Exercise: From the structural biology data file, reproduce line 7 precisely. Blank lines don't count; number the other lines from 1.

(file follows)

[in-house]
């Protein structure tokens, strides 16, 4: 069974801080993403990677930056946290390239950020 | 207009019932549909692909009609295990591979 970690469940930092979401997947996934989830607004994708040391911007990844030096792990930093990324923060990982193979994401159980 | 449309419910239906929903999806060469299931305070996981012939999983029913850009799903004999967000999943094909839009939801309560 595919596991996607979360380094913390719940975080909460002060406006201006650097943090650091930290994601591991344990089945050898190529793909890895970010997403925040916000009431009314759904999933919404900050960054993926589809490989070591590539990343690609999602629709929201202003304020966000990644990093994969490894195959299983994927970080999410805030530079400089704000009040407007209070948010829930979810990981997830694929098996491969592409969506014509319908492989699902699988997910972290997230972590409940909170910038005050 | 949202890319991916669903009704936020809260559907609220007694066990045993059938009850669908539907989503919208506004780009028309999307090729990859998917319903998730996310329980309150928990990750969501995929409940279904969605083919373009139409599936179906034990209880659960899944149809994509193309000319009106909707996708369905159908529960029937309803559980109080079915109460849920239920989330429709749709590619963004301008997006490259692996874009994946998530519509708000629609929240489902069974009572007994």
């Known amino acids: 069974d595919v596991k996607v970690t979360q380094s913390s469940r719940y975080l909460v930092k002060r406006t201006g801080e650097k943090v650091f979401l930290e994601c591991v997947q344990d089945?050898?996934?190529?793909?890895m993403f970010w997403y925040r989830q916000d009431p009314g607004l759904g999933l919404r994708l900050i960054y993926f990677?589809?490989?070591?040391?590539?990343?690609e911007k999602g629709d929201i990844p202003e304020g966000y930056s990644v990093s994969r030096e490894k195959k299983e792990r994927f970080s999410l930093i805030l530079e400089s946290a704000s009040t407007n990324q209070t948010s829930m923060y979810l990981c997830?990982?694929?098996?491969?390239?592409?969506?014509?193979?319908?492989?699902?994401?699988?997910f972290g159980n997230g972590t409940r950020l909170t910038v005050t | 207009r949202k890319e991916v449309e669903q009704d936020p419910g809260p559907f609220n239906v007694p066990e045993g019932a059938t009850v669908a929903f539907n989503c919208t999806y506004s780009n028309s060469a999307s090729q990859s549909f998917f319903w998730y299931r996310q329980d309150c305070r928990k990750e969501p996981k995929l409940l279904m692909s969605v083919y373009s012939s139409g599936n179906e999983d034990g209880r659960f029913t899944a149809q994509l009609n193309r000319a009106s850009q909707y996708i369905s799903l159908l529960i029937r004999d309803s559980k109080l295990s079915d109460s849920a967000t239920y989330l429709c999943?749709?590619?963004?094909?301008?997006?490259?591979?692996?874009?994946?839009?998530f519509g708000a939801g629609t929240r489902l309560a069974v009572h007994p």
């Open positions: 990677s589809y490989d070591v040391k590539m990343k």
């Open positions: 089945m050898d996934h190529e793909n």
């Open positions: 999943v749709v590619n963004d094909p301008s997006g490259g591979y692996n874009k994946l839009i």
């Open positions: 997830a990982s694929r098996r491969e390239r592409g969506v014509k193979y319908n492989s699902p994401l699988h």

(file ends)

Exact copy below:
């Open positions: 997830a990982s694929r098996r491969e390239r592409g969506v014509k193979y319908n492989s699902p994401l699988h």